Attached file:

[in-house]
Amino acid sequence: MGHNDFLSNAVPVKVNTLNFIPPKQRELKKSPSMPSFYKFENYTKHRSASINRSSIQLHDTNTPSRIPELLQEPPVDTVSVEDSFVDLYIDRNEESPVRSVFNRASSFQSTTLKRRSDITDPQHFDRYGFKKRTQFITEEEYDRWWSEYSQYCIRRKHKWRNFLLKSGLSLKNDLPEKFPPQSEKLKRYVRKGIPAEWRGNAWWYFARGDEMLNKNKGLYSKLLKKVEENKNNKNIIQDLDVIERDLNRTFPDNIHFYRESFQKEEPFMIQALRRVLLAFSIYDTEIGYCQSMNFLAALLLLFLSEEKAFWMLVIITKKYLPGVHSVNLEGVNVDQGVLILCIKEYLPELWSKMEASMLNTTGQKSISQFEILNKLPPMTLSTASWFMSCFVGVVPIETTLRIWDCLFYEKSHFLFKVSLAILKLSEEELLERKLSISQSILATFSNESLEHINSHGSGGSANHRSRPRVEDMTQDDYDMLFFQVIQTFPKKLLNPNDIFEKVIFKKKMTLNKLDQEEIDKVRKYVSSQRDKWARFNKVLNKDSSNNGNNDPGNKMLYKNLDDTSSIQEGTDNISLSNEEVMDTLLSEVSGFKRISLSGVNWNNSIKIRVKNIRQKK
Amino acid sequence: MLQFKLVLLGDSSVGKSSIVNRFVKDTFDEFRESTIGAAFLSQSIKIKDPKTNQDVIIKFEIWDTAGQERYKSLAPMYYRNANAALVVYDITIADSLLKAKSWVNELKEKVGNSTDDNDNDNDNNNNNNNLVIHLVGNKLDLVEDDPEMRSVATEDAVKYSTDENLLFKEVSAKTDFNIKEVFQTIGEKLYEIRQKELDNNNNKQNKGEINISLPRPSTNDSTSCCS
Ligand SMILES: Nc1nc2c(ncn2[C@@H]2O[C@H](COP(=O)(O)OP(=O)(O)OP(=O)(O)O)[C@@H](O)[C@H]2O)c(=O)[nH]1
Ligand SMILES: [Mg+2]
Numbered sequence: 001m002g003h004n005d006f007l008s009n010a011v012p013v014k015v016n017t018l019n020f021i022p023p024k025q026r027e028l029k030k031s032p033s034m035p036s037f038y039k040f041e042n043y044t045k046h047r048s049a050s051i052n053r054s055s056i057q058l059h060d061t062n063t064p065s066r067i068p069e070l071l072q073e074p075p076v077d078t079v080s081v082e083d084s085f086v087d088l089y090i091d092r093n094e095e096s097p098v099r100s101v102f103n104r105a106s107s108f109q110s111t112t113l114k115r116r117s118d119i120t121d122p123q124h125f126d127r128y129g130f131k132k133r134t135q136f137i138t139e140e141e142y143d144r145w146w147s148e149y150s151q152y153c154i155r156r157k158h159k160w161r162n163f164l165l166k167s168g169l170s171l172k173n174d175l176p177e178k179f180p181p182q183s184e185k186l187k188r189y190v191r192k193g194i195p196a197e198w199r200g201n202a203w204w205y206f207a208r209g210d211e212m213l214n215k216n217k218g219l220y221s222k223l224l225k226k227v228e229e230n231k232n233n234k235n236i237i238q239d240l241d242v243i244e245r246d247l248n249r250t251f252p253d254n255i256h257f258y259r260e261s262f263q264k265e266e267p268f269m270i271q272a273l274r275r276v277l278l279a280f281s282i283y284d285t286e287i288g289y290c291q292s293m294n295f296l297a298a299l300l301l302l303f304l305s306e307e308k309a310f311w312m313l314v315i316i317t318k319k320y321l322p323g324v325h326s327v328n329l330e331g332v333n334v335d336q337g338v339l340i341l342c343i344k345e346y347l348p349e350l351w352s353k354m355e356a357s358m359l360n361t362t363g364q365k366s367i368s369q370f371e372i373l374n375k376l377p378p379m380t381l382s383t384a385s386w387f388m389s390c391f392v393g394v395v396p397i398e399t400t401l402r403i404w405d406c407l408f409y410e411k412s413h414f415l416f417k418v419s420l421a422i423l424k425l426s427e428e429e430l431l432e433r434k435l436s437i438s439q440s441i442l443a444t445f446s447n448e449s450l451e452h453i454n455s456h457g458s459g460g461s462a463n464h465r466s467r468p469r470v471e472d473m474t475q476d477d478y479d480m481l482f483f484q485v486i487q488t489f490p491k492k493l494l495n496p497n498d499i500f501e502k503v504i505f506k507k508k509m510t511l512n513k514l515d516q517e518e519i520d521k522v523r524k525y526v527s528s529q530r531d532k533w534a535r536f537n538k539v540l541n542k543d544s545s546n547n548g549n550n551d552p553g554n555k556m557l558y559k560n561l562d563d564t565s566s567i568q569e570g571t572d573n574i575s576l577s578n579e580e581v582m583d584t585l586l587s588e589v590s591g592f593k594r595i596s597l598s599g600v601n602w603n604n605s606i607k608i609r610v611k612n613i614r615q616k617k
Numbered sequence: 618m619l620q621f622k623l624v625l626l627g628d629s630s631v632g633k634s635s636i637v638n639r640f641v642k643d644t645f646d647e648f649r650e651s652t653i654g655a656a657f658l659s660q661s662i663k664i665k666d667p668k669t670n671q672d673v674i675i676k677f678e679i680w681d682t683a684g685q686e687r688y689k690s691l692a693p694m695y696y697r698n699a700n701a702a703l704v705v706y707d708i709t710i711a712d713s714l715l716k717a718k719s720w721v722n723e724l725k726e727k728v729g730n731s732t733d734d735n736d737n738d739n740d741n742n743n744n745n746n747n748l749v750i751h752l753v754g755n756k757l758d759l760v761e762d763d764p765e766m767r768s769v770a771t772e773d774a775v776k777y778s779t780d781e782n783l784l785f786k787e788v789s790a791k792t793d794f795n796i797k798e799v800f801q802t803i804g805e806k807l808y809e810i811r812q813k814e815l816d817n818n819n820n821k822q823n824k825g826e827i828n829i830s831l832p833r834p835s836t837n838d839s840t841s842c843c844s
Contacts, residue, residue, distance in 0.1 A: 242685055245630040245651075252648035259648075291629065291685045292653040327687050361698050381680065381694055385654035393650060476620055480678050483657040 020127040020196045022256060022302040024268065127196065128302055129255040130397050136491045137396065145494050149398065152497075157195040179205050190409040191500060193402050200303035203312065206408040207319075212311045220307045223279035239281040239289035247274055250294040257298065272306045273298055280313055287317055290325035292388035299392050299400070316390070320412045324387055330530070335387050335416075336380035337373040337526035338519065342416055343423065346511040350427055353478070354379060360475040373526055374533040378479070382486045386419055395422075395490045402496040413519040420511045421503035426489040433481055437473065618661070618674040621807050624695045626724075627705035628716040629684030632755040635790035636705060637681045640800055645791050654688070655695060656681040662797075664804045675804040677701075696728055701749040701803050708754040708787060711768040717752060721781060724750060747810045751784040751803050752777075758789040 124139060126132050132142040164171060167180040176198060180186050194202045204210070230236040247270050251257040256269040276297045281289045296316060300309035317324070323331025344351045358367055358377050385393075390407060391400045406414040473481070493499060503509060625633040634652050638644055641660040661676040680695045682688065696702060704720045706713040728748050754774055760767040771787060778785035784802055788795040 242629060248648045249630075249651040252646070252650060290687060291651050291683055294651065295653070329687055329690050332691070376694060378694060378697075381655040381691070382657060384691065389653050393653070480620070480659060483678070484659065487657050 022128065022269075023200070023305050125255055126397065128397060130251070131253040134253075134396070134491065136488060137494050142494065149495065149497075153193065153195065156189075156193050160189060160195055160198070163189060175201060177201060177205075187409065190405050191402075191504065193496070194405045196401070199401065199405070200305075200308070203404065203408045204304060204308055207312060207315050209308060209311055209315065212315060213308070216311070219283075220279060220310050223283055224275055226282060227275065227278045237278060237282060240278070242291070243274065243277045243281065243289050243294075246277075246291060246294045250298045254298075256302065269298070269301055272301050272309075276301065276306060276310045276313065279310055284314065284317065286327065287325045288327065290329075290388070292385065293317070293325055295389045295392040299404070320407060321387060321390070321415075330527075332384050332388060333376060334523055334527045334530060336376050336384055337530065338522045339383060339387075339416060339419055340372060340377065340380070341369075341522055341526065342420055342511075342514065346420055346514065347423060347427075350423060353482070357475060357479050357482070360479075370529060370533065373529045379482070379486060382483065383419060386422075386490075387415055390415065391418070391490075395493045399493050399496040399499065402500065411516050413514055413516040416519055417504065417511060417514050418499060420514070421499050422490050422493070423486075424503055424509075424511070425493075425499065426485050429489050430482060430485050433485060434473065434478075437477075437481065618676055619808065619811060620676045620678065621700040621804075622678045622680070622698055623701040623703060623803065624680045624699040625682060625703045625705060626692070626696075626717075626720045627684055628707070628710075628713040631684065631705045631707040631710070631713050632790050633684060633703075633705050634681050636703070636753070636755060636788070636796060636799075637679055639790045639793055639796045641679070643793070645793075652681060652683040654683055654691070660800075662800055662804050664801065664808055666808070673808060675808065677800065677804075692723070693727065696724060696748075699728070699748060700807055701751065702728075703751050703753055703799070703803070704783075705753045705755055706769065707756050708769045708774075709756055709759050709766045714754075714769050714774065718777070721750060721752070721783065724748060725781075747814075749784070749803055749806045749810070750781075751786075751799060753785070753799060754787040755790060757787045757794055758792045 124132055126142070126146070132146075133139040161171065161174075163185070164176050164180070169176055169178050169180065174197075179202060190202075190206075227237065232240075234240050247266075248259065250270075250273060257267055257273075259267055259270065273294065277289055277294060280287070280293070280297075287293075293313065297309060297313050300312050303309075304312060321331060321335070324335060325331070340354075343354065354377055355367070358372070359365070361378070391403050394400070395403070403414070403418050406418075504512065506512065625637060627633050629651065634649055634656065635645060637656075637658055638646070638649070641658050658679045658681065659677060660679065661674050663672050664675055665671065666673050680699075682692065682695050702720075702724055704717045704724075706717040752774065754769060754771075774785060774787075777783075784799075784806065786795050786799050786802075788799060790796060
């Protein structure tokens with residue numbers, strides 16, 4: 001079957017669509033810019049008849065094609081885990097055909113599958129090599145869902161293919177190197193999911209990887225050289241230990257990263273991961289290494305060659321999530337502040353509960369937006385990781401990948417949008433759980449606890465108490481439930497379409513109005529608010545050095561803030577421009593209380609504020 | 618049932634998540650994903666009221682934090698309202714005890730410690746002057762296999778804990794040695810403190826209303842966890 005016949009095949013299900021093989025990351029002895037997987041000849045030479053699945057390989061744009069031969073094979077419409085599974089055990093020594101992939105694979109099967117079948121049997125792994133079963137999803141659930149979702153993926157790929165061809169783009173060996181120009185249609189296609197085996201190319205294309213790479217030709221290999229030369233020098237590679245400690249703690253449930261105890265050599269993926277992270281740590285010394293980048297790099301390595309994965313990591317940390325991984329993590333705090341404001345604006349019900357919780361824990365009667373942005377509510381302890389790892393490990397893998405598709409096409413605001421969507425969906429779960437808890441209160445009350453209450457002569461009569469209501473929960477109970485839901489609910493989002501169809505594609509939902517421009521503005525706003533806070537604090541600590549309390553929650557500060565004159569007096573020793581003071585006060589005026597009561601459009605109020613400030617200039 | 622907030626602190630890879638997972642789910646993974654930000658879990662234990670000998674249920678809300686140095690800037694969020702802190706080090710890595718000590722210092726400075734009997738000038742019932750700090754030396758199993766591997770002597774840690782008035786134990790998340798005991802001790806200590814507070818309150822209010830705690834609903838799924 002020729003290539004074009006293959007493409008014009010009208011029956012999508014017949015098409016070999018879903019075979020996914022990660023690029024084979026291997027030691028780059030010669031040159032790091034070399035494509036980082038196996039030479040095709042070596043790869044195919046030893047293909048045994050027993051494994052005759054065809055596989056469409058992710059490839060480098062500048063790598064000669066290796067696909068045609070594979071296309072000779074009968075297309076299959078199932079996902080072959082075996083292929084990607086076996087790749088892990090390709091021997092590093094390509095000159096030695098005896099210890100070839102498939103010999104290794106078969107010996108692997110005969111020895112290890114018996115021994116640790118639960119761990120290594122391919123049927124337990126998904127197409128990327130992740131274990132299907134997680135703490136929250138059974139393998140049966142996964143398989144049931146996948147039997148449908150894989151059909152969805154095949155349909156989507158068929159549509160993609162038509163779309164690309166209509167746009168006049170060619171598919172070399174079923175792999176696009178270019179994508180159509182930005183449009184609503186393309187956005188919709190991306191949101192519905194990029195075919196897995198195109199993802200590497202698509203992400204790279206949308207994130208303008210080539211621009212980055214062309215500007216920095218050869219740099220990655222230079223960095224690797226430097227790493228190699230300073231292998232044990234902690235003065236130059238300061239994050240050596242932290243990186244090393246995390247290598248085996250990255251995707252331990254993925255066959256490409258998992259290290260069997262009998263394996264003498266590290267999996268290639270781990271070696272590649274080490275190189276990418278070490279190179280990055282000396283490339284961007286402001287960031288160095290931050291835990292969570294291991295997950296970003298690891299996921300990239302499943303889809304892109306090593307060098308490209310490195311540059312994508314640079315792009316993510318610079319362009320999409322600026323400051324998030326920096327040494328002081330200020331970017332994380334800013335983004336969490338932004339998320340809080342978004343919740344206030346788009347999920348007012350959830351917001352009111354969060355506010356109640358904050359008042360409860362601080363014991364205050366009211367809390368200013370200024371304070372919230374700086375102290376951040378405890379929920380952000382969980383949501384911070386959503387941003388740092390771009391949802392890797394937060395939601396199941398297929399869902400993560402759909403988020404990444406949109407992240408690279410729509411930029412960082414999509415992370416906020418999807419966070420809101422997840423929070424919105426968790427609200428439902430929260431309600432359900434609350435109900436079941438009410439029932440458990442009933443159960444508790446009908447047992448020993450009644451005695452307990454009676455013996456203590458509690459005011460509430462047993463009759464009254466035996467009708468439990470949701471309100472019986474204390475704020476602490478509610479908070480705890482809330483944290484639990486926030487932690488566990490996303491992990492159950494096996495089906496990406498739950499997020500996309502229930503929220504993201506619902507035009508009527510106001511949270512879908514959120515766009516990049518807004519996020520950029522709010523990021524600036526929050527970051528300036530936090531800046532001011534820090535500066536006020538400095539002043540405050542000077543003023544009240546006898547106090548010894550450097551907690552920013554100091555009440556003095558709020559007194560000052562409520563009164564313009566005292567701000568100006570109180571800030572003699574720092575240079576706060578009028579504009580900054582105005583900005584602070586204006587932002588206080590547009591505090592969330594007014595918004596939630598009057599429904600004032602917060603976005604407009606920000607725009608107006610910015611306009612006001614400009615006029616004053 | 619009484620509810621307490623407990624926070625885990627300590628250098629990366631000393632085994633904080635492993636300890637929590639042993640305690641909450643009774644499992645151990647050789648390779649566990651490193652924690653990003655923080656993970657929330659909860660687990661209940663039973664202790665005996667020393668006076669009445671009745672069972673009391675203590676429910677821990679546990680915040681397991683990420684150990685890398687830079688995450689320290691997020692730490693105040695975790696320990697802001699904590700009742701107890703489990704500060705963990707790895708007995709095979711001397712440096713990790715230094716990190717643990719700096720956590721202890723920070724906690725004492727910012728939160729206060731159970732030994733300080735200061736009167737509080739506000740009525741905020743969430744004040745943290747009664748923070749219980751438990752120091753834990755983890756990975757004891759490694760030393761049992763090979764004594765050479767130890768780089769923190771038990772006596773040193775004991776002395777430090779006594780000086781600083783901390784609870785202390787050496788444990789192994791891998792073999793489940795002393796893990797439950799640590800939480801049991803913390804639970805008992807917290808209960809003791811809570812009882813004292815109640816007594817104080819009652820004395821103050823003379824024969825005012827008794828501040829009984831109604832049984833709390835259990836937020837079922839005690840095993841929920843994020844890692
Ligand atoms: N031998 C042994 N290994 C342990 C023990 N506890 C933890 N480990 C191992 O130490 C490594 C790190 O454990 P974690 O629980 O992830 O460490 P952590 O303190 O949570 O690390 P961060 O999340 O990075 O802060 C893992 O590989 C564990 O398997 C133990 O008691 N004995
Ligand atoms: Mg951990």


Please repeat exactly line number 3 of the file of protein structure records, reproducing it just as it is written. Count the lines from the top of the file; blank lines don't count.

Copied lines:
Amino acid sequence: MLQFKLVLLGDSSVGKSSIVNRFVKDTFDEFRESTIGAAFLSQSIKIKDPKTNQDVIIKFEIWDTAGQERYKSLAPMYYRNANAALVVYDITIADSLLKAKSWVNELKEKVGNSTDDNDNDNDNNNNNNNLVIHLVGNKLDLVEDDPEMRSVATEDAVKYSTDENLLFKEVSAKTDFNIKEVFQTIGEKLYEIRQKELDNNNNKQNKGEINISLPRPSTNDSTSCCS